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Work -Life Balance

Living Your Best Life

By: Dr. Diana Collins

Work is a form of stress in our lives. Our need to succeed professionally can lead to a mismatch and the tendency to put aside our own well-being in our personal life. Finding a balance in our work life is vital to our physical and mental well-being so that we can live our best life. 

Stress is something we all experience. It is the psychological and physical state that results when the resources of an individual are not sufficient to cope with the demand and pressure of the situation. Therefore, stress is more common in some situations than in others and can affect us differently as individuals.

Often, work takes precedence over all else in our lives. In addition, there are health, economic, and other pressures that contribute to our overall stress levels and to our mental health. Personality, experiences, and other unique characteristics all influence the way we respond to stress.

There is an extensive amount of research substantiating the disastrous effects of excessive levels of stress on employee performance. One prominent cost-of-illness study estimated “the cost of work-related stress ranged from $221 million to upward of $187 billion…” Another more extensive analysis conducted by the American Institute of Stress found that after including factors such as absenteeism, turnover, diminished productivity, increased medical costs, and increased legal costs, the total economic impact of stress to U.S. employers was estimated at $300 billion.

Creating a work-life balance is a state of equilibrium where a person equally prioritizes the demands of one’s career and the demands of one’s personal life. Some of the common reasons that contribute to a poor work-life balance include increased responsibilities at work, longer work hours, increased responsibilities at home, and having children.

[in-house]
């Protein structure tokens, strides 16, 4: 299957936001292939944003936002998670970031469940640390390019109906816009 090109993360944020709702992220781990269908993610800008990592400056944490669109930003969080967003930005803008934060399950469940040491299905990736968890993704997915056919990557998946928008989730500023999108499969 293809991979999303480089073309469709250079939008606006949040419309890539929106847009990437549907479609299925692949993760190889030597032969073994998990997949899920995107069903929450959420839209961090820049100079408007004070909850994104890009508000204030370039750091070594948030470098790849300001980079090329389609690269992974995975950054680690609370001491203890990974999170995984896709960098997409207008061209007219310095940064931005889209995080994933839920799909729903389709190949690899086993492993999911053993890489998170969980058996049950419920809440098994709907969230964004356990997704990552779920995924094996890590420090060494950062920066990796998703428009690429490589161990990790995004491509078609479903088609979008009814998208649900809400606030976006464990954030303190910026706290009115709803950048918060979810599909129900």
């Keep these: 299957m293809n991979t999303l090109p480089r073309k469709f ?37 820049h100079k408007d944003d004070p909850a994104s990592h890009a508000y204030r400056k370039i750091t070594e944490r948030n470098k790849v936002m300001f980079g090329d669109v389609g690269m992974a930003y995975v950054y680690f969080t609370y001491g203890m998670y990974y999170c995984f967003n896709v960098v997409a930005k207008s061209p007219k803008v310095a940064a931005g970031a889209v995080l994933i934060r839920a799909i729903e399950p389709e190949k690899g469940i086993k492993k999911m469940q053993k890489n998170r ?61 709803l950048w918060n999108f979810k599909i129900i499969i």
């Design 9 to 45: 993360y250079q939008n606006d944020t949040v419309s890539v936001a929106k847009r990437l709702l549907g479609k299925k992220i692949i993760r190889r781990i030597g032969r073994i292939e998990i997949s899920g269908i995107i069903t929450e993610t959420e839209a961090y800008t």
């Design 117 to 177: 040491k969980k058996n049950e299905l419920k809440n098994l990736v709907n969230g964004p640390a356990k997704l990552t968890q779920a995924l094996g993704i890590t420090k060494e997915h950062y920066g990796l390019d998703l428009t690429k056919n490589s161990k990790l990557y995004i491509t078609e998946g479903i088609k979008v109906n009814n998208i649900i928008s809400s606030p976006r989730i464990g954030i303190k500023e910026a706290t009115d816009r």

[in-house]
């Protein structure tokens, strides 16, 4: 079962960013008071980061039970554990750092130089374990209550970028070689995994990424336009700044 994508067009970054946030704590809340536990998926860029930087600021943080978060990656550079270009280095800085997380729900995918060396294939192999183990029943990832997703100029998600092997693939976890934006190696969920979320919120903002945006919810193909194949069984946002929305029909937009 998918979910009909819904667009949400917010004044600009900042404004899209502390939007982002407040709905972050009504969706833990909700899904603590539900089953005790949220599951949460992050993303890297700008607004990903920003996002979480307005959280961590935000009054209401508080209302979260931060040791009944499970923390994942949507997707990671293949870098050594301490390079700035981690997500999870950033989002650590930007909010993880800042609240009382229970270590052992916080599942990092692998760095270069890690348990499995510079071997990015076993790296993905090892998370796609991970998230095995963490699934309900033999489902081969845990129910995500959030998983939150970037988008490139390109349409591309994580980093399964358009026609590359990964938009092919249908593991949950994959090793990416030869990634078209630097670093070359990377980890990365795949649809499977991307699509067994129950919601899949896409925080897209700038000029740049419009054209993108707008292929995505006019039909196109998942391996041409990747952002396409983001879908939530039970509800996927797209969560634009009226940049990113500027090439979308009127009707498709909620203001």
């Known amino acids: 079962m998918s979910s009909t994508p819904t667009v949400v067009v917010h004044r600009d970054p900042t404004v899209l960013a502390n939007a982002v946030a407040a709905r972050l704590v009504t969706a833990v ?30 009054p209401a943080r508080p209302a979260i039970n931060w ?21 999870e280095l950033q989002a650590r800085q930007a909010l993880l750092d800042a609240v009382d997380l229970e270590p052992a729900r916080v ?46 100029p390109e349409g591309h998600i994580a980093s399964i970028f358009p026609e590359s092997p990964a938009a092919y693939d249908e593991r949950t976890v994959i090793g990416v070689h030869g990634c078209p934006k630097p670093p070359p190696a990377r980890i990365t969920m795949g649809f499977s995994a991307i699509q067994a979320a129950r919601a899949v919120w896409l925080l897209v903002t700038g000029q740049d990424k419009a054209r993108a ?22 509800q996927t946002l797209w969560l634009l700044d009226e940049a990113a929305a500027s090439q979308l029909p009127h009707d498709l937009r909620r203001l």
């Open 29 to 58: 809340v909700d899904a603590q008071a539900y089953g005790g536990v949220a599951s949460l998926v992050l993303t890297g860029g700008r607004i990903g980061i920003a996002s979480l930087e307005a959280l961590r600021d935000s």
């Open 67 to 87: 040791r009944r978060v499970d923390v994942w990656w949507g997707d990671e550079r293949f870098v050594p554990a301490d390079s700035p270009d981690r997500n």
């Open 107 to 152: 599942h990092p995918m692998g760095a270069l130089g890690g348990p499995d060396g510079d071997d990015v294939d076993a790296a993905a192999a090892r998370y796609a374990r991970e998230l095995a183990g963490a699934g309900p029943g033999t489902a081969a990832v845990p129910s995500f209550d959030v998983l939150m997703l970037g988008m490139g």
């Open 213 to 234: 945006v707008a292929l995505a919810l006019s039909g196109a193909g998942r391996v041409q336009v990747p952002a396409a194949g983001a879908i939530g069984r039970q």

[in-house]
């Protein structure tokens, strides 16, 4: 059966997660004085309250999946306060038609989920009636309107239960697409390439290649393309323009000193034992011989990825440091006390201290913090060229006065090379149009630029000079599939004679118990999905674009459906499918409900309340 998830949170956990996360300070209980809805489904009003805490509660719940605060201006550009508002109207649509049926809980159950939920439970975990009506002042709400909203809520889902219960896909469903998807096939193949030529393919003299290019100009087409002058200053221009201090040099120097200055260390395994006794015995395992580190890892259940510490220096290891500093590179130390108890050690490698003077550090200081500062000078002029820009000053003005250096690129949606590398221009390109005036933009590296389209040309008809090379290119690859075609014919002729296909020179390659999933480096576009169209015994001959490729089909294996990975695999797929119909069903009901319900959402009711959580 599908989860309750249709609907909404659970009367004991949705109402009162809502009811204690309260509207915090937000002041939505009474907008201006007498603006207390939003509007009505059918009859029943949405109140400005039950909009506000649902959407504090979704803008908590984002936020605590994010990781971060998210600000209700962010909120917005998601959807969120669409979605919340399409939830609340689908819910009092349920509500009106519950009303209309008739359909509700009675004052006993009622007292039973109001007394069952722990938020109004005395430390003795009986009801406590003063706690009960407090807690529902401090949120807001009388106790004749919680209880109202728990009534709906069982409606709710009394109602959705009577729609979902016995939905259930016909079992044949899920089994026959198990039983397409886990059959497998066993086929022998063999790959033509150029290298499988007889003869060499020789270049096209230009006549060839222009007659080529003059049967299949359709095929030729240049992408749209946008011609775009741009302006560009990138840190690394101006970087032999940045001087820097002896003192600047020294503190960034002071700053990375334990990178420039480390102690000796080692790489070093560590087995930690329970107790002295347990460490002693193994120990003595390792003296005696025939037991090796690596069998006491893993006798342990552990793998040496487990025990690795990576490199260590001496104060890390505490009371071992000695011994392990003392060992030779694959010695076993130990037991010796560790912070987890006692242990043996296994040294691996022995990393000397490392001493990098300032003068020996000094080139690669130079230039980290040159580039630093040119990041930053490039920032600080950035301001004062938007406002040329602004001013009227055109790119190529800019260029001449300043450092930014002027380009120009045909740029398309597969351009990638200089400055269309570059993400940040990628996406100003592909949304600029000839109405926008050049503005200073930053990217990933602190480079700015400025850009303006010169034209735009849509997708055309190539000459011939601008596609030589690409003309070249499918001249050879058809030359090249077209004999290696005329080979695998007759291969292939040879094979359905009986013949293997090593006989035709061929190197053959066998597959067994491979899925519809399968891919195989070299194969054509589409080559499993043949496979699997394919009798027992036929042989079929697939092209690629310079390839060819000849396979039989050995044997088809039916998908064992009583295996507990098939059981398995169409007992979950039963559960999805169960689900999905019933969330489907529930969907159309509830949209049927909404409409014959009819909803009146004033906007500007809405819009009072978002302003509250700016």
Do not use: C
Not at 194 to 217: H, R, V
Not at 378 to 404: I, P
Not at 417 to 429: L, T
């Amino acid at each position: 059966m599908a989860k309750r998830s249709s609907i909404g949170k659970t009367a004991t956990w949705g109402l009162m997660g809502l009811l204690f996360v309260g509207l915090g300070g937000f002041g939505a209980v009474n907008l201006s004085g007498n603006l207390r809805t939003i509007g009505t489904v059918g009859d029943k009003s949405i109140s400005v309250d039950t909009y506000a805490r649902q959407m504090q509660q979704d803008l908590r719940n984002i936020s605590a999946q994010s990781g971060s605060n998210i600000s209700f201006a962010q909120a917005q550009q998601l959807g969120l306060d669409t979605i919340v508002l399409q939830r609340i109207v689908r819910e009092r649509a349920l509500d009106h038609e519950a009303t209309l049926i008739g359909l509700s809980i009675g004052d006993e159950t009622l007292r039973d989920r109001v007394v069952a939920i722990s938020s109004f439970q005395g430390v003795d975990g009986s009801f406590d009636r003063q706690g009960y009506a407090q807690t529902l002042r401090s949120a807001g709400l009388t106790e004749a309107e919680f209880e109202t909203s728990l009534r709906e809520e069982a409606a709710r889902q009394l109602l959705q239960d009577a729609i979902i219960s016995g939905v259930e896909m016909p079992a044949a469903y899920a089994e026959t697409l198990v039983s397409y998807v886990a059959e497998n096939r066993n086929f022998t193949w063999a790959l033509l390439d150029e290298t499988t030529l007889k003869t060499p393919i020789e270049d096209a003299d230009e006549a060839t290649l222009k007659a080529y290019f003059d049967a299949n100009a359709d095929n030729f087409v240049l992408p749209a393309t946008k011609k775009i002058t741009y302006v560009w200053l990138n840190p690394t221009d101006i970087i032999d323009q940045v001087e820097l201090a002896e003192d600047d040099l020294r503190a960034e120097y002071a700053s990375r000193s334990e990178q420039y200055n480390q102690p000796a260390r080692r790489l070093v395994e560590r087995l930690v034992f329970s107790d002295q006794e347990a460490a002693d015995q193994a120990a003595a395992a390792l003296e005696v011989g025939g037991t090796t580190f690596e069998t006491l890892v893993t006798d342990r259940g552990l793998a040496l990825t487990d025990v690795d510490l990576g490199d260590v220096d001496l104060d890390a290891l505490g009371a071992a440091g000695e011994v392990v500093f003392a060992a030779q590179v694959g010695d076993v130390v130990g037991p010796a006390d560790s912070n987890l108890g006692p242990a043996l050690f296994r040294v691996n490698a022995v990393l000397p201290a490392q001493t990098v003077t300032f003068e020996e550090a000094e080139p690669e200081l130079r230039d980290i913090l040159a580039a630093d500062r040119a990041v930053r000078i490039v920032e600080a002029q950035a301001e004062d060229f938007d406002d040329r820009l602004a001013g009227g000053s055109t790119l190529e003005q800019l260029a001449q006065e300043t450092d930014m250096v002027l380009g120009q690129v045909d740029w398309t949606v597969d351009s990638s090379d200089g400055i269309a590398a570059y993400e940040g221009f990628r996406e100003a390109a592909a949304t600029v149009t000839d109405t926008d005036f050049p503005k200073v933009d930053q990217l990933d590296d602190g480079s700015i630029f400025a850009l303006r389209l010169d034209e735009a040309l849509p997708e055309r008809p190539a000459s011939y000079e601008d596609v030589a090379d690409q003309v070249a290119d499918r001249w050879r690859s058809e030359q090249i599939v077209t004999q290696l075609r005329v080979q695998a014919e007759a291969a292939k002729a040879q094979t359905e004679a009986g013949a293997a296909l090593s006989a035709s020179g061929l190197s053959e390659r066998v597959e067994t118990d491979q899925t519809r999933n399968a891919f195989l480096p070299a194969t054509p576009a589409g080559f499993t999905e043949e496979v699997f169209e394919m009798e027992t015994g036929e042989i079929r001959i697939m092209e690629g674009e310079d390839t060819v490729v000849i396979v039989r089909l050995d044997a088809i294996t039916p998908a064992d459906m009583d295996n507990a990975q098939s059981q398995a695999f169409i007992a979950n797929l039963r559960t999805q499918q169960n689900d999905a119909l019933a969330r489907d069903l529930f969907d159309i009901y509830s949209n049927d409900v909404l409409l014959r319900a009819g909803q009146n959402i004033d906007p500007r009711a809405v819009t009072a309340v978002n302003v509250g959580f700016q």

Some of the signs of work-related stress include symptoms of panic attacks, such as rapid heartbeats or chest pain; feeling tense and edgy at work; being late all the time; not wanting to participate in meetings or staff events; not being able to concentrate and feeling distracted; getting upset or angry; not being able to complete work and feeling overwhelmed; and distancing from other people at work and at home.

In order to develop a work-life balance, it is less about dividing the hours in your day between your work and your personal life and more about being flexible so you can accomplish things at work and have enough time and stamina to enjoy your personal life. The following are some ways to help you develop a work-life balance: